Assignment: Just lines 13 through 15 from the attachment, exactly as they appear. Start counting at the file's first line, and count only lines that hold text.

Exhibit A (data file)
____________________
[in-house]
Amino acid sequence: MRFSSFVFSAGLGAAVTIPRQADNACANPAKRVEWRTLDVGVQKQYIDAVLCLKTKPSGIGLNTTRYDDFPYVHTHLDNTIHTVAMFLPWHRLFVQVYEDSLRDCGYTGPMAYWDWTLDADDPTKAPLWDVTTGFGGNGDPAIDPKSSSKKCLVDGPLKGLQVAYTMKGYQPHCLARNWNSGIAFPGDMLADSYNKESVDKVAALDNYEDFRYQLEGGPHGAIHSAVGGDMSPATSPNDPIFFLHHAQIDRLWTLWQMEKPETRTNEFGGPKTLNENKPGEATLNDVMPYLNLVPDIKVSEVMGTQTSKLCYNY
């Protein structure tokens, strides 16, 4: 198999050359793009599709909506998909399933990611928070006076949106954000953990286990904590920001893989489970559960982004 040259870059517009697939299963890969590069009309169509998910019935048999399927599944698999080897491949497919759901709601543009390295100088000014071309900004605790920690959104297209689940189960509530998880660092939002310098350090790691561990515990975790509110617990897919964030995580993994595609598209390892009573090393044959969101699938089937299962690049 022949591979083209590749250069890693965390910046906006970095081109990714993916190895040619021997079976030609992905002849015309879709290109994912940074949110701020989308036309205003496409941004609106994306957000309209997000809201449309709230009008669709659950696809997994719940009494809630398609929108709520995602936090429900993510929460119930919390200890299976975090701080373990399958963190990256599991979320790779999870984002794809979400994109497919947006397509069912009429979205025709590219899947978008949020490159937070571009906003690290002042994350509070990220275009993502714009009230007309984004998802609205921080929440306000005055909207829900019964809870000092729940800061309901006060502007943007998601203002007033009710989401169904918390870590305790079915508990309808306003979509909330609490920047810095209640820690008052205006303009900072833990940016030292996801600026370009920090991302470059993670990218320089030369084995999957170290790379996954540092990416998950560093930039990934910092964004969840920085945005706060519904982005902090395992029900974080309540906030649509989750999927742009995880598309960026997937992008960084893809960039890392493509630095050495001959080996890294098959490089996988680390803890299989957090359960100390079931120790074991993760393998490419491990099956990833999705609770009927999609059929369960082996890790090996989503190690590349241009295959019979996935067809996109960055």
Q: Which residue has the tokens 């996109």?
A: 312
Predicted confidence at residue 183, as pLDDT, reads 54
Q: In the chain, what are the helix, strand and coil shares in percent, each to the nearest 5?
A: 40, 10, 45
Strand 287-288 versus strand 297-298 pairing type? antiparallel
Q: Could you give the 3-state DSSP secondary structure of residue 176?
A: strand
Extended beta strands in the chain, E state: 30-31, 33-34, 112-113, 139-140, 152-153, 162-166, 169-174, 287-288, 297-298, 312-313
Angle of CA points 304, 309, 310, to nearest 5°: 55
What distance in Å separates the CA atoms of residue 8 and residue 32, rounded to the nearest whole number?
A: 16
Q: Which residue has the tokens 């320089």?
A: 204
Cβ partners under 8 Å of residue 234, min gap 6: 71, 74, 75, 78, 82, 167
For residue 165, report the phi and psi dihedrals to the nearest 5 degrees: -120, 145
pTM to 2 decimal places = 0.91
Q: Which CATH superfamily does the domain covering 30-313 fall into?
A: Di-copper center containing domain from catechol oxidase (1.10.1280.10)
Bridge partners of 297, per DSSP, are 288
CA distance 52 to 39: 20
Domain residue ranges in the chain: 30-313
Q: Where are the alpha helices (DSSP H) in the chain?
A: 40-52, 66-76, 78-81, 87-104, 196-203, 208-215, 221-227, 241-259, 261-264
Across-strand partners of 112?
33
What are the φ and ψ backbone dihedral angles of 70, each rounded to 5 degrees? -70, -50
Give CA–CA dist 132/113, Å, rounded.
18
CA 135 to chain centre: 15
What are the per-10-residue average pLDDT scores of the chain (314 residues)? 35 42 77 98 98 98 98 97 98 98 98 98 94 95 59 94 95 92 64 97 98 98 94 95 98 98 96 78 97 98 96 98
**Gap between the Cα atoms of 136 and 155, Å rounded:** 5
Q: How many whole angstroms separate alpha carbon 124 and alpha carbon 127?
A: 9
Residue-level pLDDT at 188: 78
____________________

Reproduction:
Angle of CA points 304, 309, 310, to nearest 5°: 55
What distance in Å separates the CA atoms of residue 8 and residue 32, rounded to the nearest whole number?
A: 16